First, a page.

Japan pointed out that in an aging society, addressing the issue of NCDs should be integrated with promoting healthy aging, which will not only benefit each individual, but also reduce medical and health care expenses. It will also increase tax and social insurance revenue by enabling those who wish to work even when they are old.

 

Tanzania

In Tanzania, 34% of deaths are due to NCDs. Their health financing strategy and UHC, calls for the establishment of mandatory National Health Insurance scheme for all Tanzanians at all levels of care. As a result, all Tanzanians will now have access to standard minimum health care benefits, packages, which are aligned to the National Essential Health Care Intervention Package of 2013. There is a massive campaign on promoting physical activity led by the Vice President.

 

European Union Commission

The E.U. is working on initiatives linked to poverty and inequality. as health promotion is essential for all including children, they are focusing on addressing unhealthy food promotion to children. They are also developing a new IT system to collect best practices. 

 

Germany

Germany is focusing on the implementation of 2030 SDGs. Germany, Norway and Ghana have formed a joint Action Plan for UHC 2030.

 

Singapore

There is a focus on Schools, education and advertising guidelines. National steps challenge was introduced to tackle physical activity. It has been found that 40% of Singaporeans do not have sufficient physical activity. To encourage more Singaporeans to be physically active and reap the benefits of regular exercise, the world’s first population-level pedometer-based physical activity initiative, the National Steps ChallengeTM was launched last year.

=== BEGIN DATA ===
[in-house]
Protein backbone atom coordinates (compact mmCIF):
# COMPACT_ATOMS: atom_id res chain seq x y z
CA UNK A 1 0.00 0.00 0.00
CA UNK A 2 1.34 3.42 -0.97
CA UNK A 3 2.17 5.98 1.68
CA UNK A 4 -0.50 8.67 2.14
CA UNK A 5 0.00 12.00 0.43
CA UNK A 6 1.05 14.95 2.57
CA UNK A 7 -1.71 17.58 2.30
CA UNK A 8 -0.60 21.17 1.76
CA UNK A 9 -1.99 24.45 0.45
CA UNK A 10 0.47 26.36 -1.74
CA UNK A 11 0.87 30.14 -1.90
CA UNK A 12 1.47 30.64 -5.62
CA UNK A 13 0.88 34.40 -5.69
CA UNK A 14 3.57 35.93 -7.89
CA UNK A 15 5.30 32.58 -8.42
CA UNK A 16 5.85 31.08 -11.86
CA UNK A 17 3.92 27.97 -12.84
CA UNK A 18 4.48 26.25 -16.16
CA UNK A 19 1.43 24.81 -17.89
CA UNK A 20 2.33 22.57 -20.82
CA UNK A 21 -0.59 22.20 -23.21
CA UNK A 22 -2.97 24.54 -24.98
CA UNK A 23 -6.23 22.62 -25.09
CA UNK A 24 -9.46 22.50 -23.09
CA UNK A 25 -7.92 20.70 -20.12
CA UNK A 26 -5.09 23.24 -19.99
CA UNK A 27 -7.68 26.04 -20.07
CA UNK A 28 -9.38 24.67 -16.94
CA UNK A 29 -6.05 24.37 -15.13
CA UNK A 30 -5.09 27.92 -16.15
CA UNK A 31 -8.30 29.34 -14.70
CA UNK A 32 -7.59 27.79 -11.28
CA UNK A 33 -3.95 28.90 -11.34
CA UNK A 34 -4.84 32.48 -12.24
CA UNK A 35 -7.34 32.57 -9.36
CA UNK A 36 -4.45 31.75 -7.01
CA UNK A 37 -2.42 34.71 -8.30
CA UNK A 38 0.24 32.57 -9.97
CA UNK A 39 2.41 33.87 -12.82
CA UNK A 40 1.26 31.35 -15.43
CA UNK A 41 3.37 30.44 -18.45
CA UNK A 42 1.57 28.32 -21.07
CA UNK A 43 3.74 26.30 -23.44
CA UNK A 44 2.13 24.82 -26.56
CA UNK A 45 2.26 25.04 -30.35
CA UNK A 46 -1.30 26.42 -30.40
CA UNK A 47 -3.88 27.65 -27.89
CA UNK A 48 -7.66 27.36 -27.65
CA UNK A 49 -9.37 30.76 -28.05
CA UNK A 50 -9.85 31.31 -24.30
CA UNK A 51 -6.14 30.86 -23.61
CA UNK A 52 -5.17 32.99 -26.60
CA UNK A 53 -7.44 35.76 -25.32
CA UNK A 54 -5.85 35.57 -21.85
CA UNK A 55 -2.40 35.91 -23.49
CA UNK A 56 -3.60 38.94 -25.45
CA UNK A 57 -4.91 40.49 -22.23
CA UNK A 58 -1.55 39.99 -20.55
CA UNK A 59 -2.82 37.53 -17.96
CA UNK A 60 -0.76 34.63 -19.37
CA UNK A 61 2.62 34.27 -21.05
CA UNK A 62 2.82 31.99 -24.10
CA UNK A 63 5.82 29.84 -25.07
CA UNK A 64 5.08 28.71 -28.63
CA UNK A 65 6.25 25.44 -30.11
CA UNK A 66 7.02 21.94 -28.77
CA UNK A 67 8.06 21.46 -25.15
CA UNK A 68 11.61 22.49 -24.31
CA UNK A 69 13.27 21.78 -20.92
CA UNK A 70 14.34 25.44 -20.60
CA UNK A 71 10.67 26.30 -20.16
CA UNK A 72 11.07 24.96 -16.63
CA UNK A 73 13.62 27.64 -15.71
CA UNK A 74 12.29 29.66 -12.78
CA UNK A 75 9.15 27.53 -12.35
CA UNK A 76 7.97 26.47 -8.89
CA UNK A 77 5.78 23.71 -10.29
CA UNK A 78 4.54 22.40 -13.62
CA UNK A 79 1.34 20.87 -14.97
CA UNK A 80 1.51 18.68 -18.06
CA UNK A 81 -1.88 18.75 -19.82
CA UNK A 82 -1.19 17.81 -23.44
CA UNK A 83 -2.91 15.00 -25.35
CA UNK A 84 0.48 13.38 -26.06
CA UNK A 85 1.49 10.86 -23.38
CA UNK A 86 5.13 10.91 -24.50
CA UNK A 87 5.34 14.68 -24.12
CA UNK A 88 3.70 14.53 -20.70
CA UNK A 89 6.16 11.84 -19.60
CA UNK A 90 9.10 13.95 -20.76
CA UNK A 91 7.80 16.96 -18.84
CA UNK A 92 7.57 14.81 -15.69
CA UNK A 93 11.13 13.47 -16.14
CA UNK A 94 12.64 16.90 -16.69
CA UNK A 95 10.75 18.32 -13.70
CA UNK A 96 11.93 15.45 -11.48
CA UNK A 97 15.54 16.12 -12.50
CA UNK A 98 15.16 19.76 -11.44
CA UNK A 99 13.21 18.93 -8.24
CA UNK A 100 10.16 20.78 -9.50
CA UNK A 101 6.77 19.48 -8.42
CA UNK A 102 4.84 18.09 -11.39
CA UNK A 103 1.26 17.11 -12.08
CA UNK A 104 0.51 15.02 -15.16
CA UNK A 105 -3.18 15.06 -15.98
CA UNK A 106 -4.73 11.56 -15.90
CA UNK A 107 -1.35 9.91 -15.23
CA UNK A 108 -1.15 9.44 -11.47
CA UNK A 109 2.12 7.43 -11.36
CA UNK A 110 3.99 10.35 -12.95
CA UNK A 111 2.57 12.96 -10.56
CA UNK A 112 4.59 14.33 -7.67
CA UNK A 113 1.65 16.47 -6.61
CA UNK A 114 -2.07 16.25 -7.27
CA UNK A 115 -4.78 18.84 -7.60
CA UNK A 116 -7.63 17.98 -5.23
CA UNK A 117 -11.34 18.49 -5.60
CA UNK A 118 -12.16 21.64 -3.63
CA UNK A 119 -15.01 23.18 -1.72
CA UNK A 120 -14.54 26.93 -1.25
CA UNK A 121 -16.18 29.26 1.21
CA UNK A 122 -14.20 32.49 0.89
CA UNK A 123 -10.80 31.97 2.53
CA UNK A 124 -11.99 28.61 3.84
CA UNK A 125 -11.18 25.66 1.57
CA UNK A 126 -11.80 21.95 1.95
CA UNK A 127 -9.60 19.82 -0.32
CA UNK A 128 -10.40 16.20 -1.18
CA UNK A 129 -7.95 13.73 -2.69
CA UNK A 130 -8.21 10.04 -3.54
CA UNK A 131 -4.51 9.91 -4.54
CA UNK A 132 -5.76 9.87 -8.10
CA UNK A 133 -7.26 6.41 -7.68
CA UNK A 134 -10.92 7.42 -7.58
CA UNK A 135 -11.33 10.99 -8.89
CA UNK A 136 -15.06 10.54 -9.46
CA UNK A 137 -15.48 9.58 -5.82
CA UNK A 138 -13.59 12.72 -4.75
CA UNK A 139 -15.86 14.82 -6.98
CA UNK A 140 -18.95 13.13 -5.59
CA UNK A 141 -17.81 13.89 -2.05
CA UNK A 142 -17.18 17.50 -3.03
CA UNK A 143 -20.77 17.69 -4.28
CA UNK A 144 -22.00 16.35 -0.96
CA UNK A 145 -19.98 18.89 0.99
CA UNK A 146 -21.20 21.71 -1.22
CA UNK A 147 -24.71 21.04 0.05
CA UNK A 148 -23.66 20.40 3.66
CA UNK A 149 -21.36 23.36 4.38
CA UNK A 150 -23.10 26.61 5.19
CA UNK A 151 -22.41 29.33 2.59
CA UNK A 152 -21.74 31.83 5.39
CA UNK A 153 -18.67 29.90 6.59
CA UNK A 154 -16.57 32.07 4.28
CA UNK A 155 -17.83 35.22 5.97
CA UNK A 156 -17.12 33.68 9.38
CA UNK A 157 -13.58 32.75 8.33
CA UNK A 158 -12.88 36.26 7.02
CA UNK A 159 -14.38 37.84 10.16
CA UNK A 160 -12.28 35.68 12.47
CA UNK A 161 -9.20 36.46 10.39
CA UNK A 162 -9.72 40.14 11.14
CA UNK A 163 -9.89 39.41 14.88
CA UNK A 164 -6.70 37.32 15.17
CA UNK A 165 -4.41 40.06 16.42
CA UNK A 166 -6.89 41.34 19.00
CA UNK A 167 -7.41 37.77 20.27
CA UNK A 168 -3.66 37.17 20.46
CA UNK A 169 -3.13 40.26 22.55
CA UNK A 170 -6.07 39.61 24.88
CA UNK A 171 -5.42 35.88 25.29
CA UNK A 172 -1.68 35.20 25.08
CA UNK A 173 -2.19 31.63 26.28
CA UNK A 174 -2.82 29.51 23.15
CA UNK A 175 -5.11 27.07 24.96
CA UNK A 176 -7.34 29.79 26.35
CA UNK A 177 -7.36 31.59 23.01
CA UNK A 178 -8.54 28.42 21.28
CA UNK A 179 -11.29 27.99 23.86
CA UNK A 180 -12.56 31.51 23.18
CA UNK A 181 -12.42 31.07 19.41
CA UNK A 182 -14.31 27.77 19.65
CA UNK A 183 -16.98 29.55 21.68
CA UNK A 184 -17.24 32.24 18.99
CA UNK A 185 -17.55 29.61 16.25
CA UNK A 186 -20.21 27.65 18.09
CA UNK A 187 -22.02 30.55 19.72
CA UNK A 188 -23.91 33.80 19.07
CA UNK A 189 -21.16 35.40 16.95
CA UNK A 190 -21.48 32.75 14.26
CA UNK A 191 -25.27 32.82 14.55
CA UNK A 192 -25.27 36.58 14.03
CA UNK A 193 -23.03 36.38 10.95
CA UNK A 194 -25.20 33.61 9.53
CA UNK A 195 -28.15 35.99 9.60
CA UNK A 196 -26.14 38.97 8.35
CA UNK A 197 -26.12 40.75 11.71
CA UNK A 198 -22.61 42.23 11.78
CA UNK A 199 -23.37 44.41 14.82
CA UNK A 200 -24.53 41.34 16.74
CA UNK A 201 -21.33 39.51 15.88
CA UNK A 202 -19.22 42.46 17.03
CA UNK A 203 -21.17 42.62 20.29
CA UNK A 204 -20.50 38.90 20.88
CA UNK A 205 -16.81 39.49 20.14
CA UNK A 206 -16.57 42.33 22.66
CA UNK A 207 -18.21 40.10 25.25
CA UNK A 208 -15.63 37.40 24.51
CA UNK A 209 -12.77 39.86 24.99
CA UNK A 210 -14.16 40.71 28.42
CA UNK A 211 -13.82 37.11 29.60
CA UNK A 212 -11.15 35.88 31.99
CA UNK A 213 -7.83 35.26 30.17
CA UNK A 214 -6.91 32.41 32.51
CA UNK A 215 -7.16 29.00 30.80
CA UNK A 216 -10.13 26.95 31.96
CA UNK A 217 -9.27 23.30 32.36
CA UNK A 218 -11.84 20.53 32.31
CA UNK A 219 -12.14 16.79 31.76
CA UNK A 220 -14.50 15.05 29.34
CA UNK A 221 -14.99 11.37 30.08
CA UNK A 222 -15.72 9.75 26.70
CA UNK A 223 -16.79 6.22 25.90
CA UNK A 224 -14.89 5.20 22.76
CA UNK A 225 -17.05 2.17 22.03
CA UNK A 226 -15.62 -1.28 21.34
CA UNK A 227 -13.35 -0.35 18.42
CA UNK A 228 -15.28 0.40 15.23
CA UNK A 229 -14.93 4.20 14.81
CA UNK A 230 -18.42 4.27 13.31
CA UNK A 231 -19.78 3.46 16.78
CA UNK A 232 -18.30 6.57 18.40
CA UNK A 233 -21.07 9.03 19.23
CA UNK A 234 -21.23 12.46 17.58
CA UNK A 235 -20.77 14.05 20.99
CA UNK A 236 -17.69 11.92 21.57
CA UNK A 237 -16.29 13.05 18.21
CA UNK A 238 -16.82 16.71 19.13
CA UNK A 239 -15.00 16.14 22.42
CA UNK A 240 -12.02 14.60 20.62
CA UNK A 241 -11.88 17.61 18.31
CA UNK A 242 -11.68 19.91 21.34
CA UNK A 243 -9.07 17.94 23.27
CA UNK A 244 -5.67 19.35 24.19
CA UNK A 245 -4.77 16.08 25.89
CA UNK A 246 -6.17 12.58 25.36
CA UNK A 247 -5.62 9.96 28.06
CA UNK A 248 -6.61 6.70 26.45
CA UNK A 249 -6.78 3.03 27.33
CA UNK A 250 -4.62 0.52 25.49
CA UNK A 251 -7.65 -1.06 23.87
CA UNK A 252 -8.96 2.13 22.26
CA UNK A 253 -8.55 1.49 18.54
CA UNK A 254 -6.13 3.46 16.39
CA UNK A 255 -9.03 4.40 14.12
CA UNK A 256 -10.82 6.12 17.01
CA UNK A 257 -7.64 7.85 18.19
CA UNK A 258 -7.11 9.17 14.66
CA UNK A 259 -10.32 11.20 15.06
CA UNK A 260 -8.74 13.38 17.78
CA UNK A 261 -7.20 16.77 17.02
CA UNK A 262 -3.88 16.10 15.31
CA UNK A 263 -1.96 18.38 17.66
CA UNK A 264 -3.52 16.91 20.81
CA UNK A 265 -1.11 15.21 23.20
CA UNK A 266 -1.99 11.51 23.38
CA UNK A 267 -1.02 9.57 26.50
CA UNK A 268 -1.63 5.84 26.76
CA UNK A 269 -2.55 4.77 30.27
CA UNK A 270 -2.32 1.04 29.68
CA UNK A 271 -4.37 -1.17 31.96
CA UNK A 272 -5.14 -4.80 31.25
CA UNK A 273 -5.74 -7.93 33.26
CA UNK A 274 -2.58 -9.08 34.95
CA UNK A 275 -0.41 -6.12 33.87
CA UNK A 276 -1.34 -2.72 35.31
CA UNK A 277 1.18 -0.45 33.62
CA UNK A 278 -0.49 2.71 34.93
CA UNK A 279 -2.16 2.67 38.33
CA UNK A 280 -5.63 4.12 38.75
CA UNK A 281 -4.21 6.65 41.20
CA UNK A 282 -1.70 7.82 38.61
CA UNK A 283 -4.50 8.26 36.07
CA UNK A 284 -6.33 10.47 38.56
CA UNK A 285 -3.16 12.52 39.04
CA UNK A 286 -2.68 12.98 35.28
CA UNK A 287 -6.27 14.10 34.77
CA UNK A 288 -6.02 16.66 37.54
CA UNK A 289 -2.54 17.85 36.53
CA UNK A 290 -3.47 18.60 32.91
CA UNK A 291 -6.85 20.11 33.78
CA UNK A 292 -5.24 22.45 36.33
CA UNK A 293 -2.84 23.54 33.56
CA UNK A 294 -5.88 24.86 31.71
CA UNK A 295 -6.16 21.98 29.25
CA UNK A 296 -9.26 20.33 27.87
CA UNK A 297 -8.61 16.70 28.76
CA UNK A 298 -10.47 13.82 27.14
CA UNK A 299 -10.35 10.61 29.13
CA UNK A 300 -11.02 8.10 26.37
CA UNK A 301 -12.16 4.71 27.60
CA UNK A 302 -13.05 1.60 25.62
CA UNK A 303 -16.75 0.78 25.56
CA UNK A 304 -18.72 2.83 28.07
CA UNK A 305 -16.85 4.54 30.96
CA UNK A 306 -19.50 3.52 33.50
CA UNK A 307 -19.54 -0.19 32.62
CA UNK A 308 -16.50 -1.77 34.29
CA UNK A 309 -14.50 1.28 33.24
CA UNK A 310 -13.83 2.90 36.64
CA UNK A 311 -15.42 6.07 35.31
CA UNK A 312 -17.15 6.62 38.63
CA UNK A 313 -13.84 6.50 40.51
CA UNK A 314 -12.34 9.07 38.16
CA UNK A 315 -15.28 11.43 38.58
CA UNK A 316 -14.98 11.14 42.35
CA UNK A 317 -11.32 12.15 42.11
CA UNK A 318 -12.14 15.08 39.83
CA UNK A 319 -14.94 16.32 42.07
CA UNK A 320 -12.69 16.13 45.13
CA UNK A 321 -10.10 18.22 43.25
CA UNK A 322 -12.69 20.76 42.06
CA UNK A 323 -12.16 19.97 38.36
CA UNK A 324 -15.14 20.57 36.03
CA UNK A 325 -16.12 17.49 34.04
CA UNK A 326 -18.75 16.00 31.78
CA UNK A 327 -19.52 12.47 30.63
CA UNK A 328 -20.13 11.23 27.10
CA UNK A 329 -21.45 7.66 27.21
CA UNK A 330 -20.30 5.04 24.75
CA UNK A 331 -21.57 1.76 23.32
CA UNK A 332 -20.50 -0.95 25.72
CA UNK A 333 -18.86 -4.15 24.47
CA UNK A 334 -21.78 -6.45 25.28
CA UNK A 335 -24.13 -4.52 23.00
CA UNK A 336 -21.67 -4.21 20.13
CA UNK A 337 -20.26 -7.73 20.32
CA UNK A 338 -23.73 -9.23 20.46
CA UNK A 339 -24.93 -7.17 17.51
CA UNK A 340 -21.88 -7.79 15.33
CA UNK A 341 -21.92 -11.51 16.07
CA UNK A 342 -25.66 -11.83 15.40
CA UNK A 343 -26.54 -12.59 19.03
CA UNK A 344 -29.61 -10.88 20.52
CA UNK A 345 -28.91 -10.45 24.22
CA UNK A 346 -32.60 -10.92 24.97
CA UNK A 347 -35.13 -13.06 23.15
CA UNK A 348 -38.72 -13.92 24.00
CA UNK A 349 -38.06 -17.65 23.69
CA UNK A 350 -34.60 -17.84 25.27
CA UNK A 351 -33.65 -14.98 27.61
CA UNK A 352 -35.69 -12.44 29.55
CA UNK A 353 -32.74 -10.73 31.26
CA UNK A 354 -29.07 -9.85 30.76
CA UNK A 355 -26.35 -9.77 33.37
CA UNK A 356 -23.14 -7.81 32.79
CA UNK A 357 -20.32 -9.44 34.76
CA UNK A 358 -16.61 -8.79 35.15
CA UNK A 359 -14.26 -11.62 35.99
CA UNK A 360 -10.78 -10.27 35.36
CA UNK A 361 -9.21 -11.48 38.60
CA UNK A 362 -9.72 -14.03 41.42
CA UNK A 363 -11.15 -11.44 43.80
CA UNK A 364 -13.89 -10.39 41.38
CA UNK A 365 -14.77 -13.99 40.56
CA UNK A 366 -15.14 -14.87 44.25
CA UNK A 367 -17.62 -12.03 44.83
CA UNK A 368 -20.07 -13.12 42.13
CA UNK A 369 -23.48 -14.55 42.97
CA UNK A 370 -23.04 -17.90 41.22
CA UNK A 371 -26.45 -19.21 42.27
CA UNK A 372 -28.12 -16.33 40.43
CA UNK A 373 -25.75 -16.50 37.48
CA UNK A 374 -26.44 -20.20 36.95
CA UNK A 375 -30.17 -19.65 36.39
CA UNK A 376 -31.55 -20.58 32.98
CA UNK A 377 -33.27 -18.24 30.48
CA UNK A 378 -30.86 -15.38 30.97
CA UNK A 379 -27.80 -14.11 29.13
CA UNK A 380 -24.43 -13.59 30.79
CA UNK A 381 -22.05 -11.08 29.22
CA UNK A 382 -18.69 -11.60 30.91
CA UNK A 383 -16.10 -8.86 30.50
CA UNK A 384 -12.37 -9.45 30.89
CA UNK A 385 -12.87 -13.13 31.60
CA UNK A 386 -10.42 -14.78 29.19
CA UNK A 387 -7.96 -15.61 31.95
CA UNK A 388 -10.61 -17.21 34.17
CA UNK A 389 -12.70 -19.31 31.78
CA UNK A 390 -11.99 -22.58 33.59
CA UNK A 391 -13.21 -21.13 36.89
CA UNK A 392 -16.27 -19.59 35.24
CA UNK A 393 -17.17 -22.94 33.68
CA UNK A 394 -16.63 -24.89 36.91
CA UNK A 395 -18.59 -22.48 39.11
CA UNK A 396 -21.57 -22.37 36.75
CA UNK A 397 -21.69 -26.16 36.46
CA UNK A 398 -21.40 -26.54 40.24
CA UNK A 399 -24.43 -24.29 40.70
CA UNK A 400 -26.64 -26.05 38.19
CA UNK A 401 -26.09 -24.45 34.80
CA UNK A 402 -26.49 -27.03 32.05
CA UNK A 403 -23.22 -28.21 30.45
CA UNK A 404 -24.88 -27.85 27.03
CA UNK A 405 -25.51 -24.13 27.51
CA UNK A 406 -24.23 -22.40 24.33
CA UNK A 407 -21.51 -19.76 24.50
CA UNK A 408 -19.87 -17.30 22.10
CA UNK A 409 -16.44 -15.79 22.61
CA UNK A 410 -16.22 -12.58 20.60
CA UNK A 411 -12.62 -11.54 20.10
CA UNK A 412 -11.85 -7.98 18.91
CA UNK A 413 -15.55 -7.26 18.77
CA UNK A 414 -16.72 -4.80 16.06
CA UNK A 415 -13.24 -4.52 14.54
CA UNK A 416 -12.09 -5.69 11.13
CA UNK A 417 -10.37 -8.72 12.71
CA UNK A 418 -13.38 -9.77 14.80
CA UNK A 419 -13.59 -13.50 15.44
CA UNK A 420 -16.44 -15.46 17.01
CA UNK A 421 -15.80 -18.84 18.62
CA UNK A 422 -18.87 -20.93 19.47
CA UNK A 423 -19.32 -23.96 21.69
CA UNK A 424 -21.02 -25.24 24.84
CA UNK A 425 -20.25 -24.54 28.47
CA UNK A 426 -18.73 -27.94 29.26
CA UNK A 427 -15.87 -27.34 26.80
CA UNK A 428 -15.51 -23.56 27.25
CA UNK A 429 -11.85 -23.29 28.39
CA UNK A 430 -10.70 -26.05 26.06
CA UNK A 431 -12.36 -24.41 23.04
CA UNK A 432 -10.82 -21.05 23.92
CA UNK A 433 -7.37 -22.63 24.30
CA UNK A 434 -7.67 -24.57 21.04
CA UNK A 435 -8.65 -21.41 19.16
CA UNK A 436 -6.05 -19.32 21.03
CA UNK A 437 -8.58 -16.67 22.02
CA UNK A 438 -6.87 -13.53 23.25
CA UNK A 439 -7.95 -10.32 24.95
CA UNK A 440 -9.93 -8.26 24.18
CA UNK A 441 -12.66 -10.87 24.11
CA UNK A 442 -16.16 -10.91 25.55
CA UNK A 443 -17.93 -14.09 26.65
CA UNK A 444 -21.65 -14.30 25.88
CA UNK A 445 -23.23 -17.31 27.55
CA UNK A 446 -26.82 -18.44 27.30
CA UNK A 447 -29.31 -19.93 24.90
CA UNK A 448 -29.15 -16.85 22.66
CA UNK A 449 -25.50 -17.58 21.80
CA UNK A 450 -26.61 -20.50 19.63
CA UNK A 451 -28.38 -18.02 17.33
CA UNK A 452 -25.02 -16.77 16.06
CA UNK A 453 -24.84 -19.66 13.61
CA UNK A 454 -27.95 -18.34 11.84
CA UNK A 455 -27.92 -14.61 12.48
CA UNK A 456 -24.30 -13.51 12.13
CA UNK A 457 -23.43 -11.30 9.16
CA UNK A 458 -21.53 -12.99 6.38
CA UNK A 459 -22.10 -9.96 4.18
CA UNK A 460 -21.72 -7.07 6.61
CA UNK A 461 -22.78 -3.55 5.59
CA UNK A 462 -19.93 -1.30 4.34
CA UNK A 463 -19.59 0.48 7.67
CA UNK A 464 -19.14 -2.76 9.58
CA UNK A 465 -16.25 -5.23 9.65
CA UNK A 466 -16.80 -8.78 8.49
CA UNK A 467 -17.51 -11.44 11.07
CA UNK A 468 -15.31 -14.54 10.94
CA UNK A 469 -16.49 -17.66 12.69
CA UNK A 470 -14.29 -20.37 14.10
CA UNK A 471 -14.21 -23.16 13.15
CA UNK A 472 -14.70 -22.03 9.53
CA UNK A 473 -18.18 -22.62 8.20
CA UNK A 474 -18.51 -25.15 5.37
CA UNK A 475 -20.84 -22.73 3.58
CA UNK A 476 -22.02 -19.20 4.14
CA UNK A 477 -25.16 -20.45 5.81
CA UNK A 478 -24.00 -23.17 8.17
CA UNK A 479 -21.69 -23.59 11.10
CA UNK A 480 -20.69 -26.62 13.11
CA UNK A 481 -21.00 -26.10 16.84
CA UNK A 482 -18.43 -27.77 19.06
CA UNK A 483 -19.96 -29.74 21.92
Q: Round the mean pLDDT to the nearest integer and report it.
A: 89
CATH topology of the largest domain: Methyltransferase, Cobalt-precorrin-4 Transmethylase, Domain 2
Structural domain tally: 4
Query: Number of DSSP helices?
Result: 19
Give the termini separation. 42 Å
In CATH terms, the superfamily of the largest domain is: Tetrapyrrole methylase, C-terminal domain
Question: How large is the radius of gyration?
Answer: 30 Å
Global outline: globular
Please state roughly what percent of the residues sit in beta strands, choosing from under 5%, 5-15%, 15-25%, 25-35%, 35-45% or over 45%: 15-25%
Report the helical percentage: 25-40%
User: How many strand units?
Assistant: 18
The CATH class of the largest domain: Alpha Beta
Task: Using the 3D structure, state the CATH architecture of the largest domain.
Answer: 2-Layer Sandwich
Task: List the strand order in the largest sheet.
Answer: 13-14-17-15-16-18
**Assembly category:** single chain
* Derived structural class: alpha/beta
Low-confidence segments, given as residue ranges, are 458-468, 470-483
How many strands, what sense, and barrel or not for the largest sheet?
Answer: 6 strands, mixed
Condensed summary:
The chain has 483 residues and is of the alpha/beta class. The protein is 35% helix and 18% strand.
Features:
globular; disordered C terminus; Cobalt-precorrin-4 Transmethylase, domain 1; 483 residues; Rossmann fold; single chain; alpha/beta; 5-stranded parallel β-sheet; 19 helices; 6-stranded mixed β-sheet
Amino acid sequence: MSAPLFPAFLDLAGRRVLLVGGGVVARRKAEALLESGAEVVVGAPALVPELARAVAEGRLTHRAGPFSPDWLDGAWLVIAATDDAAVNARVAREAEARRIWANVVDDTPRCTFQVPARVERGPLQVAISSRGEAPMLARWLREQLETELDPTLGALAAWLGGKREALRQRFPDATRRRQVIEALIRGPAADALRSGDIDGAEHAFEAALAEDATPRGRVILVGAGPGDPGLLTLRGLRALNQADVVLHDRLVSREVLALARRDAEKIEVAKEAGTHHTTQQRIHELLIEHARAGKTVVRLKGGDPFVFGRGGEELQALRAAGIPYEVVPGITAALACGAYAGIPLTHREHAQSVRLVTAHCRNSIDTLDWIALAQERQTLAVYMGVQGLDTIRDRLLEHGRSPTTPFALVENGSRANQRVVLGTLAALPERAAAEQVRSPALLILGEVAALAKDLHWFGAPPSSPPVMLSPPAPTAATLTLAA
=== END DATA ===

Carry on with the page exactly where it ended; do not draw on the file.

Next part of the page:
U.S. Deputy Secretary of the Department for Health and Human Services

U.S. stressed on the need to work with the private sector. Simple telecommunication and telehealth are tools that can be utilised. U.S. wants to focus on health education in remote and inner cities to address premature mortality. Evidence-based strategies need to be adopted which also demonstrate the health benefits of technologies. Minister of Health, India  India hopes to increase access to primary care with the introduction of 150,000 wellness centres. They want to promote yoga and life style changes. They need technologies and affordable medicines to tackle NCDs.

 

Minister of Health, Finland 

In the 1960’s, Finland had the 2nd highest cardiovascular mortality in the world. Today the figures for the working aged population have decreased to one tenth. Health monitoring, reducing smoking and improving dietary habits have had a huge impact on their NCD burden. The Finnish educational system provides health education, physical activity and free healthy school meals. The agricultural sector promotes the production of healthier foods and the Ministry of Finance carries excise duties on soft drinks, alcohol and tobacco. The implementation of health in all policies has produced good results for Finland.

 

Italy